Whether the communication in question is protected by an absolute or qualified privilege is an issue of first impression for this Court. Kentucky has a longstanding acceptance of the rule that statements made during the course of a judicial proceeding shall enjoy an absolute privilege. Schmitt, 291 Ky. 80, 163 S.W.2d 281 at 283. “[W]e must conclude that Kentucky would in the proper case apply the absolute privilege to communications by a party made preliminary to a seriously considered judicial proceeding.” General Electric Company v. Lundy, 916 F.2d 1119, 1127 (6th Cir.1990). However, “[a] qualified privilege attaches to reports made to law enforcement authorities for investigation, and like any other qualified privilege, the speaker is afforded immunity unless it is shown that the defamatory statement was malicious.” Am.Jur.2d Libel § 275. “Thus, a qualified privilege exists when a statement about suspected wrongdoing is made in good faith to law enforcement authorities.” Id. Furthermore, “[c]ommunications made to a state attorney general's office enjoy a qualified rather than an absolute privilege, since the attorney general does not act in a judicial or quasi-judicial capacity because, although he or she investigates allegedly fraudulent or illegal acts, he or she must seek enforcement in court.” Id.
When statements are made as a pertinent part of a judicial proceeding there is no question that they enjoy absolute privilege. However, in the case at hand there is a genuine dispute as to whether the letter written by Appellant to the AG was in fact correspondence relevant to a judicial proceeding. The trial court determined that Appellee's letter to the AG was clearly a communication in preparation for a judicial proceeding and thus so was Appellant's response. However, Appellee argues that there is a significant difference between a proposed judicial action and a judicial proceeding. We agree. In the case at hand, Appellee wrote the letter to the AG in hopes that he would investigate the situation, as the AG's office is an investigatory body. In order for any judicial proceedings to ensue, the AG would have to seek enforcement in a court of law.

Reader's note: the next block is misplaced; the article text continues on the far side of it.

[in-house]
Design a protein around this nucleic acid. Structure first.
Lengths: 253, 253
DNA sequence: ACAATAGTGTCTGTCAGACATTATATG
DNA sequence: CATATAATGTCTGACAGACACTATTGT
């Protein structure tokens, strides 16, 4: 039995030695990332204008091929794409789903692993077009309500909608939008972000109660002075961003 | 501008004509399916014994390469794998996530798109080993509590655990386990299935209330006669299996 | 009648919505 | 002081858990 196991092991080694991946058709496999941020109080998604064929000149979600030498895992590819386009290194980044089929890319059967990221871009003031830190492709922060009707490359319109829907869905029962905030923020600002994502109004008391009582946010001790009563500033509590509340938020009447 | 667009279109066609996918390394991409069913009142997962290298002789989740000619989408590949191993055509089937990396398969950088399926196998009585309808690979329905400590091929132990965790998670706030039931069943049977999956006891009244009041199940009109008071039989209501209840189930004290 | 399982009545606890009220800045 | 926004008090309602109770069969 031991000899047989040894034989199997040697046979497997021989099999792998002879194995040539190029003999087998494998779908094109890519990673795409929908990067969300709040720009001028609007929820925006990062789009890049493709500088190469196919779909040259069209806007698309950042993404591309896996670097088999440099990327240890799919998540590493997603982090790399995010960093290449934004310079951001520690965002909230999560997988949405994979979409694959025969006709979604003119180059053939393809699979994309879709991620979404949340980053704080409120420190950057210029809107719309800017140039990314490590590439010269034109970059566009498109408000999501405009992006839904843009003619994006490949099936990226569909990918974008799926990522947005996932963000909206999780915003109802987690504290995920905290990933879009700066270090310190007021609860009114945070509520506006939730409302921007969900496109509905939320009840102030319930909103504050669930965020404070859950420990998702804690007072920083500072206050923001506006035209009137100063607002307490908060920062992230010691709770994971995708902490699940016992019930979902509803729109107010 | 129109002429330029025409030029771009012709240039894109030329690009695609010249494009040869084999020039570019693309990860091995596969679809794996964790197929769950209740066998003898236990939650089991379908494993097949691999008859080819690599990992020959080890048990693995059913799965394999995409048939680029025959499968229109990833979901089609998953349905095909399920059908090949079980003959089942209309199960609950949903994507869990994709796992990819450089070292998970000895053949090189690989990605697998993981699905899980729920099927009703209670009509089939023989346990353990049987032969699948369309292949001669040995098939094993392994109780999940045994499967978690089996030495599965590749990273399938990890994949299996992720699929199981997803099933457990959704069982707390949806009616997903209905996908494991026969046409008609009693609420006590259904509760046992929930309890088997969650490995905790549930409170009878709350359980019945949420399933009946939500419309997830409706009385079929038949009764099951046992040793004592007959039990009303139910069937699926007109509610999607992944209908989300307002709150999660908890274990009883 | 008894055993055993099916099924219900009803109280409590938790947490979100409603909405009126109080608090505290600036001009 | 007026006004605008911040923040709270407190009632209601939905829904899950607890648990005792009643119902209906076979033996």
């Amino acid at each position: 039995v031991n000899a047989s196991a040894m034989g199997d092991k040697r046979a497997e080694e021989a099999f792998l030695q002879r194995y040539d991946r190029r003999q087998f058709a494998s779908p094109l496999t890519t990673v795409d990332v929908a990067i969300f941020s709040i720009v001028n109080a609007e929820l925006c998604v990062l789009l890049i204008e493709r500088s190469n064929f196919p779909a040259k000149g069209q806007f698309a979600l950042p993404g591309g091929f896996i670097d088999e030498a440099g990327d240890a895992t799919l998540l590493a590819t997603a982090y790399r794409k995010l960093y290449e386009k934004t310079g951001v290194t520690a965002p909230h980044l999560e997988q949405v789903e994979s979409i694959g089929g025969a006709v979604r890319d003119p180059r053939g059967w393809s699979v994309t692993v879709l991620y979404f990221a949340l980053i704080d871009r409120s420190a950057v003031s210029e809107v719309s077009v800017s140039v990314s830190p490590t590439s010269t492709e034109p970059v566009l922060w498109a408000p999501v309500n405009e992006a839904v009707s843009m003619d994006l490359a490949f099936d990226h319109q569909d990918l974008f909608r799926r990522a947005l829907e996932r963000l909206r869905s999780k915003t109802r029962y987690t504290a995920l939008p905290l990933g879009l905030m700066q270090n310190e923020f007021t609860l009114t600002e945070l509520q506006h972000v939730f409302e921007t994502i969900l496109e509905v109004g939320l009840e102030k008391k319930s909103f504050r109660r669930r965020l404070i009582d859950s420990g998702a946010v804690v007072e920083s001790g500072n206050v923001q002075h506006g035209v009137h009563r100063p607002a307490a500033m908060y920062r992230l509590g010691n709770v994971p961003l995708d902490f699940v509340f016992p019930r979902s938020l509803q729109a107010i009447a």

For the previously stated reasons, this Court holds that the communications made to the AG's office were not part of a judicial proceeding and thus are entitled to only a qualified privilege.
For the aforementioned reasons, we affirm the Court of Appeals' reversal of the trial court's grant of summary judgment and remand to the trial court to make the necessary determinations in accordance with this opinion.
Opinion of the Court by Justice SCOTT.
CUNNINGHAM, NOBLE, and VENTERS, JJ., BRAD RHOADS and JOHN S. REED, Special Justices, sitting. All concur. MINTON, C.J., and ABRAMSON, J., not sitting.